Ivorian AI engineer becomes first woman to win Africa prize
Royal Academy of EngineeringCopyright: Royal Academy of Engineering
Technology entrepreneur Charlette N’Guessan has won this year’s Royal Academy of Engineering Africa prize for engineering innovation.
The Ivorian 26-year-old, who is based in Ghana, is the first woman to win the prestigious prize.
Her team’s invention, Bace API, uses facial recognition and artificial intelligence to verify identities remotely, the academy said.
It takes live images or short videos recorded on phone cameras to detect whether the image is of a real person, or a photo of an existing image.
It is aimed at institutions that rely on identity verification. Two financial institutions are already using the software to verify customers’ identities, the academy said.
Ms N’Guessan won £25,000 ($33,000) for the top prize.
The winner was voted for by a live audience during a virtual awards ceremony held on Thursday where four finalists delivered presentations.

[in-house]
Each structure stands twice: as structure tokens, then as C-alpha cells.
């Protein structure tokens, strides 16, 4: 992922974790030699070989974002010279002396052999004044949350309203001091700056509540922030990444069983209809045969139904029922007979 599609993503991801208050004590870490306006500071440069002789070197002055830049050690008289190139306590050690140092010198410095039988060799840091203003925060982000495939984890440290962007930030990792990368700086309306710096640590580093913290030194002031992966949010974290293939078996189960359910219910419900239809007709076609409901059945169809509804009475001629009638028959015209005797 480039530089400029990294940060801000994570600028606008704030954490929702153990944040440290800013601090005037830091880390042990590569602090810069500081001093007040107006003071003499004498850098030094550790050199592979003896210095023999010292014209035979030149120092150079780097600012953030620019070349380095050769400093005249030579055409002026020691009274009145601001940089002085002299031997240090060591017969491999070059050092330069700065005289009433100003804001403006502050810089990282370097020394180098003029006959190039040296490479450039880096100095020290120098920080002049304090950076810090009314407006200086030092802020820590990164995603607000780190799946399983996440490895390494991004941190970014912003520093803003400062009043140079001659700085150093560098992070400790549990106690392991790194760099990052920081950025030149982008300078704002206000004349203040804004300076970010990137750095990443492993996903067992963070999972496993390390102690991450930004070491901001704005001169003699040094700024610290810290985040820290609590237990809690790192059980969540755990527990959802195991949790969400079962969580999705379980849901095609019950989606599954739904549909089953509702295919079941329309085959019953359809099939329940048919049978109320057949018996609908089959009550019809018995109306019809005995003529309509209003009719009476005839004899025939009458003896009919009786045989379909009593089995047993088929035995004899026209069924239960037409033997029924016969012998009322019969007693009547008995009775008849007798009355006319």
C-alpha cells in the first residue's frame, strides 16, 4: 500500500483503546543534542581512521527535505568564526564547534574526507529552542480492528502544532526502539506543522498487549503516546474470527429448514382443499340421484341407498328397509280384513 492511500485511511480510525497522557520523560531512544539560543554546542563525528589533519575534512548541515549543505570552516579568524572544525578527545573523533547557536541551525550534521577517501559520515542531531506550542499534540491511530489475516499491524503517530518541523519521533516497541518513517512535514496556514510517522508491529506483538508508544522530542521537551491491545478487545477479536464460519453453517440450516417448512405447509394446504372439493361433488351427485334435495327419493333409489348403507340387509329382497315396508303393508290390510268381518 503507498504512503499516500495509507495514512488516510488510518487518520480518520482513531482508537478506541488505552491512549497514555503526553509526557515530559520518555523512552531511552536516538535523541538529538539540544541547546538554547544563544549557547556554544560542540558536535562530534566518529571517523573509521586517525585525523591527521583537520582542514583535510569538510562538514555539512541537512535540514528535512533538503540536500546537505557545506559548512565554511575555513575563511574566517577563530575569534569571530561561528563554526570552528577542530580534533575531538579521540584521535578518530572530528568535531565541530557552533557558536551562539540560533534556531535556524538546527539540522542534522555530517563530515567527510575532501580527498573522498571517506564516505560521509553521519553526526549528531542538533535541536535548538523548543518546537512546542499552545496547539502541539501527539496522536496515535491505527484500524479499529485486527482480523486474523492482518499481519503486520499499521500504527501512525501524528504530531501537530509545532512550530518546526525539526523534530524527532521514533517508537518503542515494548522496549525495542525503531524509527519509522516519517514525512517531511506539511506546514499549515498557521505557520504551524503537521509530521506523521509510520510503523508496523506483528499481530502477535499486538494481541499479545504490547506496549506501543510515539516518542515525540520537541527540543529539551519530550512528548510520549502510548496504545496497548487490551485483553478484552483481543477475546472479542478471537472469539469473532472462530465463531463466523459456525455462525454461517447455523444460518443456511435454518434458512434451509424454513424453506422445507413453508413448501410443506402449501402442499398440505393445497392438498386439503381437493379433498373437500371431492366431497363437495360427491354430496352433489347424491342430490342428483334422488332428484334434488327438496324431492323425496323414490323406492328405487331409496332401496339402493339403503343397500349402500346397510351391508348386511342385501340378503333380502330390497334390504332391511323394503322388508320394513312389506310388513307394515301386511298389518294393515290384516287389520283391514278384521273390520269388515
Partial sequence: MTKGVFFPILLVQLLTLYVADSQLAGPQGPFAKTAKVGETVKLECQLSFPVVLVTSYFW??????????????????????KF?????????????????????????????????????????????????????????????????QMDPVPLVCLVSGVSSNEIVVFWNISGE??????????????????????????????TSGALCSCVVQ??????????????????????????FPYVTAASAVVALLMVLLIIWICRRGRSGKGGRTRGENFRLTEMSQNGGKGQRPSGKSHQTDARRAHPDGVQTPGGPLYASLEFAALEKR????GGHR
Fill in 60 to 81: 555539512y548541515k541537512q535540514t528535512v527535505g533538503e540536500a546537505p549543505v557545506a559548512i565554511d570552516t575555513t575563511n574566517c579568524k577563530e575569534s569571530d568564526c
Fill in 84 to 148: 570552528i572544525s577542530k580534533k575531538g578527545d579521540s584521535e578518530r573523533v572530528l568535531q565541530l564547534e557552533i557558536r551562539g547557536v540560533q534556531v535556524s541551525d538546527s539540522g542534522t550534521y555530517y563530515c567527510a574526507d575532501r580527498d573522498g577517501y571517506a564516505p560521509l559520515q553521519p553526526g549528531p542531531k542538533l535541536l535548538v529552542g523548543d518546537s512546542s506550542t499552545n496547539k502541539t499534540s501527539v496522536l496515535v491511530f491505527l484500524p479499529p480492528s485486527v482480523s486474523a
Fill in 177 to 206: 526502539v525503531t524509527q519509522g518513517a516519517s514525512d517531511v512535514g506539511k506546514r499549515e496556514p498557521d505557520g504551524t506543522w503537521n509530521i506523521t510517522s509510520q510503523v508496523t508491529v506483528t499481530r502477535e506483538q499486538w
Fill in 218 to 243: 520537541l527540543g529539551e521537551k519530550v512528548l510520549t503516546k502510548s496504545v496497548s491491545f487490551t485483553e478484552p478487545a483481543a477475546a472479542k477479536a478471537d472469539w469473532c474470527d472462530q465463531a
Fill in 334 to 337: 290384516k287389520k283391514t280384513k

Three runners-up received £10,000 ($13,000).
They are Aisha Raheem from Nigeria – whose digital platform provides farmers with data to improve their efficiency, Dr William Wasswa from Uganda – whose low-cost digital microscope speeds up cervical cancer screening and David Tusubira from Uganda – who devised a system that manages off-grid power grids by monitoring the condition of solar arrays.
“Fifteen shortlisted Africa Prize entrepreneurs, from six countries in sub-Saharan Africa, received eight months of training and mentoring, during which they developed their business plans and learned to market their innovations,” the academy said in a statement.
Source: BBC News